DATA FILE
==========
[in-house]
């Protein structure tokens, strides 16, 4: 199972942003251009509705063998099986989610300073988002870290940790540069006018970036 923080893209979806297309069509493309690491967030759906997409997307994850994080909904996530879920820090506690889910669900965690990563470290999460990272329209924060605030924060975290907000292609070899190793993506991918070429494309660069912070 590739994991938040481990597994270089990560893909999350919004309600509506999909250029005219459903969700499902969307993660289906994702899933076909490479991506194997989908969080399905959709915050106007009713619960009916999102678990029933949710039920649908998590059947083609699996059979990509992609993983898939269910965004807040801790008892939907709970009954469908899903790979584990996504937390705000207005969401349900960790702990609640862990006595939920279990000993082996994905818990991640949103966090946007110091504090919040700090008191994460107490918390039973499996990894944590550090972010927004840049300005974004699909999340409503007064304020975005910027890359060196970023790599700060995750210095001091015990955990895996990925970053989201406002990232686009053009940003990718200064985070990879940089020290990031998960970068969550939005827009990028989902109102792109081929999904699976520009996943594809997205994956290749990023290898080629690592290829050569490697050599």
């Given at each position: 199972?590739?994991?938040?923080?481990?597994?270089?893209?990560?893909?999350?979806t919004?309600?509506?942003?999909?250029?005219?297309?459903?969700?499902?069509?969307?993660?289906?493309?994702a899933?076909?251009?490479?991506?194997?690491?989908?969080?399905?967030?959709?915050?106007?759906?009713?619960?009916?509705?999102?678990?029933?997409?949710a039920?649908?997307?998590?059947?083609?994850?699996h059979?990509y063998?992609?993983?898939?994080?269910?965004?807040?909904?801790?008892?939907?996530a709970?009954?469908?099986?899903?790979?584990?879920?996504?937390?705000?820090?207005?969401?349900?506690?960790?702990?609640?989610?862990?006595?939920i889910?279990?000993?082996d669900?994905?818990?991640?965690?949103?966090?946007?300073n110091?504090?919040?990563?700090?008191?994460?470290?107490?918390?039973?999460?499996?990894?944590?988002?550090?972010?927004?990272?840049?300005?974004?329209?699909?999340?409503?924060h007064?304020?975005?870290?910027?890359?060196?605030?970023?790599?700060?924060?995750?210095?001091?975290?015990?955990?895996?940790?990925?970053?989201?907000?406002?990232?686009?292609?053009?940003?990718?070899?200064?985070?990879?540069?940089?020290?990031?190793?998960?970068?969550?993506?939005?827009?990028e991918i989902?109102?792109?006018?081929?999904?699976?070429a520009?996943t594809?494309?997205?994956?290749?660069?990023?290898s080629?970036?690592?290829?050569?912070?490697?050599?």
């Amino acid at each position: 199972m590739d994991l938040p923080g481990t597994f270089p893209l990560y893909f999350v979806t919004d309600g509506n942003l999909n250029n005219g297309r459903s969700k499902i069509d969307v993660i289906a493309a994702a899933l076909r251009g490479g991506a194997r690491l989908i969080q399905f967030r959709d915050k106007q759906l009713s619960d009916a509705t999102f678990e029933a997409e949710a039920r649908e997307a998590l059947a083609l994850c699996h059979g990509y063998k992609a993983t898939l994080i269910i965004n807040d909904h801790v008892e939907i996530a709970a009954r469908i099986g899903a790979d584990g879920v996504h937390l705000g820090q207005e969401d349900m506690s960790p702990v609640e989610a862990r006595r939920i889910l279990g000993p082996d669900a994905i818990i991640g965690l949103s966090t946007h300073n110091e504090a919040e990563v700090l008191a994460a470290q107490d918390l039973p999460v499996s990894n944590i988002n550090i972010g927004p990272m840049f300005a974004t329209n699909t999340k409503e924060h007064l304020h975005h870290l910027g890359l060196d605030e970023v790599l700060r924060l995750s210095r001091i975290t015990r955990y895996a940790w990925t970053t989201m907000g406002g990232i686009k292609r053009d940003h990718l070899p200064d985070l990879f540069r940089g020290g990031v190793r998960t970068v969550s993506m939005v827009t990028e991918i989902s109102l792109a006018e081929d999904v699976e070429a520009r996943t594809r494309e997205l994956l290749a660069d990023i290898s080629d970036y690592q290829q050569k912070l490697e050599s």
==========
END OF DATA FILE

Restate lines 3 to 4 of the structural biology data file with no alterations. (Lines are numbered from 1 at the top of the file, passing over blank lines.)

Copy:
């Given at each position: 199972?590739?994991?938040?923080?481990?597994?270089?893209?990560?893909?999350?979806t919004?309600?509506?942003?999909?250029?005219?297309?459903?969700?499902?069509?969307?993660?289906?493309?994702a899933?076909?251009?490479?991506?194997?690491?989908?969080?399905?967030?959709?915050?106007?759906?009713?619960?009916?509705?999102?678990?029933?997409?949710a039920?649908?997307?998590?059947?083609?994850?699996h059979?990509y063998?992609?993983?898939?994080?269910?965004?807040?909904?801790?008892?939907?996530a709970?009954?469908?099986?899903?790979?584990?879920?996504?937390?705000?820090?207005?969401?349900?506690?960790?702990?609640?989610?862990?006595?939920i889910?279990?000993?082996d669900?994905?818990?991640?965690?949103?966090?946007?300073n110091?504090?919040?990563?700090?008191?994460?470290?107490?918390?039973?999460?499996?990894?944590?988002?550090?972010?927004?990272?840049?300005?974004?329209?699909?999340?409503?924060h007064?304020?975005?870290?910027?890359?060196?605030?970023?790599?700060?924060?995750?210095?001091?975290?015990?955990?895996?940790?990925?970053?989201?907000?406002?990232?686009?292609?053009?940003?990718?070899?200064?985070?990879?540069?940089?020290?990031?190793?998960?970068?969550?993506?939005?827009?990028e991918i989902?109102?792109?006018?081929?999904?699976?070429a520009?996943t594809?494309?997205?994956?290749?660069?990023?290898s080629?970036?690592?290829?050569?912070?490697?050599?």
């Amino acid at each position: 199972m590739d994991l938040p923080g481990t597994f270089p893209l990560y893909f999350v979806t919004d309600g509506n942003l999909n250029n005219g297309r459903s969700k499902i069509d969307v993660i289906a493309a994702a899933l076909r251009g490479g991506a194997r690491l989908i969080q399905f967030r959709d915050k106007q759906l009713s619960d009916a509705t999102f678990e029933a997409e949710a039920r649908e997307a998590l059947a083609l994850c699996h059979g990509y063998k992609a993983t898939l994080i269910i965004n807040d909904h801790v008892e939907i996530a709970a009954r469908i099986g899903a790979d584990g879920v996504h937390l705000g820090q207005e969401d349900m506690s960790p702990v609640e989610a862990r006595r939920i889910l279990g000993p082996d669900a994905i818990i991640g965690l949103s966090t946007h300073n110091e504090a919040e990563v700090l008191a994460a470290q107490d918390l039973p999460v499996s990894n944590i988002n550090i972010g927004p990272m840049f300005a974004t329209n699909t999340k409503e924060h007064l304020h975005h870290l910027g890359l060196d605030e970023v790599l700060r924060l995750s210095r001091i975290t015990r955990y895996a940790w990925t970053t989201m907000g406002g990232i686009k292609r053009d940003h990718l070899p200064d985070l990879f540069r940089g020290g990031v190793r998960t970068v969550s993506m939005v827009t990028e991918i989902s109102l792109a006018e081929d999904v699976e070429a520009r996943t594809r494309e997205l994956l290749a660069d990023i290898s080629d970036y690592q290829q050569k912070l490697e050599s």